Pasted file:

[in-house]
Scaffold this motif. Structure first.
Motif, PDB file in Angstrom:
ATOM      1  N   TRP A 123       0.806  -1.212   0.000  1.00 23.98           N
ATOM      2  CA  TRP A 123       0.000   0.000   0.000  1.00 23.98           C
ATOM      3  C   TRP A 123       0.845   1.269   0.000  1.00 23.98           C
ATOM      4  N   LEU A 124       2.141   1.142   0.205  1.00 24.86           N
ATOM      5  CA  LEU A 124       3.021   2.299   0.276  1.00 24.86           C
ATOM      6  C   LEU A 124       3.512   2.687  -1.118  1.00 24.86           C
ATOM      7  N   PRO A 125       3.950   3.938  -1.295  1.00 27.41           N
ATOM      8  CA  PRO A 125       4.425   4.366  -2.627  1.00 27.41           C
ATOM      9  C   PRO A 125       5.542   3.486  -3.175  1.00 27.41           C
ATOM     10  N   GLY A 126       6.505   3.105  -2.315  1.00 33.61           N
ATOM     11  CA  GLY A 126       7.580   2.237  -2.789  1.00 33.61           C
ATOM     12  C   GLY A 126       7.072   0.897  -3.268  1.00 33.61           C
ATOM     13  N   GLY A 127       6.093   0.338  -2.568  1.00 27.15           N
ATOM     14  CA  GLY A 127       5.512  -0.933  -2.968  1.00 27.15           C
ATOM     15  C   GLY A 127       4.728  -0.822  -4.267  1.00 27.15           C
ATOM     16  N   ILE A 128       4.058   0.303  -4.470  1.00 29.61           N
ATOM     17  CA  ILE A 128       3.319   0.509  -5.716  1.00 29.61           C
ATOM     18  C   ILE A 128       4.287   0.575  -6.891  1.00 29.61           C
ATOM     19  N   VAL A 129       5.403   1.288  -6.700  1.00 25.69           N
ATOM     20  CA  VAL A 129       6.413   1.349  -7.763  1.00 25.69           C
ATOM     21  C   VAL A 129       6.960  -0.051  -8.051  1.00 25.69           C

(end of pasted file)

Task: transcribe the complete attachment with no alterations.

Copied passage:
[in-house]
Scaffold this motif. Structure first.
Motif, PDB file in Angstrom:
ATOM      1  N   TRP A 123       0.806  -1.212   0.000  1.00 23.98           N
ATOM      2  CA  TRP A 123       0.000   0.000   0.000  1.00 23.98           C
ATOM      3  C   TRP A 123       0.845   1.269   0.000  1.00 23.98           C
ATOM      4  N   LEU A 124       2.141   1.142   0.205  1.00 24.86           N
ATOM      5  CA  LEU A 124       3.021   2.299   0.276  1.00 24.86           C
ATOM      6  C   LEU A 124       3.512   2.687  -1.118  1.00 24.86           C
ATOM      7  N   PRO A 125       3.950   3.938  -1.295  1.00 27.41           N
ATOM      8  CA  PRO A 125       4.425   4.366  -2.627  1.00 27.41           C
ATOM      9  C   PRO A 125       5.542   3.486  -3.175  1.00 27.41           C
ATOM     10  N   GLY A 126       6.505   3.105  -2.315  1.00 33.61           N
ATOM     11  CA  GLY A 126       7.580   2.237  -2.789  1.00 33.61           C
ATOM     12  C   GLY A 126       7.072   0.897  -3.268  1.00 33.61           C
ATOM     13  N   GLY A 127       6.093   0.338  -2.568  1.00 27.15           N
ATOM     14  CA  GLY A 127       5.512  -0.933  -2.968  1.00 27.15           C
ATOM     15  C   GLY A 127       4.728  -0.822  -4.267  1.00 27.15           C
ATOM     16  N   ILE A 128       4.058   0.303  -4.470  1.00 29.61           N
ATOM     17  CA  ILE A 128       3.319   0.509  -5.716  1.00 29.61           C
ATOM     18  C   ILE A 128       4.287   0.575  -6.891  1.00 29.61           C
ATOM     19  N   VAL A 129       5.403   1.288  -6.700  1.00 25.69           N
ATOM     20  CA  VAL A 129       6.413   1.349  -7.763  1.00 25.69           C
ATOM     21  C   VAL A 129       6.960  -0.051  -8.051  1.00 25.69           C